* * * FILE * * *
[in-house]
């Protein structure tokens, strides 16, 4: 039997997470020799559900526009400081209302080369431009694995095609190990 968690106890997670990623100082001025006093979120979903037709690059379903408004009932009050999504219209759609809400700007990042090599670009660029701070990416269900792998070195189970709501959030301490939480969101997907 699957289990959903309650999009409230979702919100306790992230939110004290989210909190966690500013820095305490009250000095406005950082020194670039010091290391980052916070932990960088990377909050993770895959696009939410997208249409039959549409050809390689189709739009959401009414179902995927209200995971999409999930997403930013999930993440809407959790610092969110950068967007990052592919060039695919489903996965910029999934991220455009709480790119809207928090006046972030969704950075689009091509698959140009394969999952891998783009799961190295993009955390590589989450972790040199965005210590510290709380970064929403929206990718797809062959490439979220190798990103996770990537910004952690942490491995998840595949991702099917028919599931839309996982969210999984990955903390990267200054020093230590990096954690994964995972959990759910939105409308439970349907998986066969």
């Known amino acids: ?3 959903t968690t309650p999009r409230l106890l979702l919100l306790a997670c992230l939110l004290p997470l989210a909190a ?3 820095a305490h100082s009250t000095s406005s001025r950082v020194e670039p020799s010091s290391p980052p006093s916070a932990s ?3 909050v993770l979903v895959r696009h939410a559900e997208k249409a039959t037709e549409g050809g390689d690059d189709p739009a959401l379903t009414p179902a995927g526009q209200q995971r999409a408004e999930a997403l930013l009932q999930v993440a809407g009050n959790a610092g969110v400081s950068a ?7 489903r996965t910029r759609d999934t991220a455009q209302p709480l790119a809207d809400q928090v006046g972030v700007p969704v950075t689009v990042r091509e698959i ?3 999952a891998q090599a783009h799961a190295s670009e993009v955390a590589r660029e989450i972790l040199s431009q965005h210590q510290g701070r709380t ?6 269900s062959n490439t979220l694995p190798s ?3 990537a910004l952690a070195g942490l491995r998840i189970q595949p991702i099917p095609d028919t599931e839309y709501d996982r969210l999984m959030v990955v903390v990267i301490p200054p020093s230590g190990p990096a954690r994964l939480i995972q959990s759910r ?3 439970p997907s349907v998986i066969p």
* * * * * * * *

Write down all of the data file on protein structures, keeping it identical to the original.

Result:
[in-house]
């Protein structure tokens, strides 16, 4: 039997997470020799559900526009400081209302080369431009694995095609190990 968690106890997670990623100082001025006093979120979903037709690059379903408004009932009050999504219209759609809400700007990042090599670009660029701070990416269900792998070195189970709501959030301490939480969101997907 699957289990959903309650999009409230979702919100306790992230939110004290989210909190966690500013820095305490009250000095406005950082020194670039010091290391980052916070932990960088990377909050993770895959696009939410997208249409039959549409050809390689189709739009959401009414179902995927209200995971999409999930997403930013999930993440809407959790610092969110950068967007990052592919060039695919489903996965910029999934991220455009709480790119809207928090006046972030969704950075689009091509698959140009394969999952891998783009799961190295993009955390590589989450972790040199965005210590510290709380970064929403929206990718797809062959490439979220190798990103996770990537910004952690942490491995998840595949991702099917028919599931839309996982969210999984990955903390990267200054020093230590990096954690994964995972959990759910939105409308439970349907998986066969």
């Known amino acids: ?3 959903t968690t309650p999009r409230l106890l979702l919100l306790a997670c992230l939110l004290p997470l989210a909190a ?3 820095a305490h100082s009250t000095s406005s001025r950082v020194e670039p020799s010091s290391p980052p006093s916070a932990s ?3 909050v993770l979903v895959r696009h939410a559900e997208k249409a039959t037709e549409g050809g390689d690059d189709p739009a959401l379903t009414p179902a995927g526009q209200q995971r999409a408004e999930a997403l930013l009932q999930v993440a809407g009050n959790a610092g969110v400081s950068a ?7 489903r996965t910029r759609d999934t991220a455009q209302p709480l790119a809207d809400q928090v006046g972030v700007p969704v950075t689009v990042r091509e698959i ?3 999952a891998q090599a783009h799961a190295s670009e993009v955390a590589r660029e989450i972790l040199s431009q965005h210590q510290g701070r709380t ?6 269900s062959n490439t979220l694995p190798s ?3 990537a910004l952690a070195g942490l491995r998840i189970q595949p991702i099917p095609d028919t599931e839309y709501d996982r969210l999984m959030v990955v903390v990267i301490p200054p020093s230590g190990p990096a954690r994964l939480i995972q959990s759910r ?3 439970p997907s349907v998986i066969p």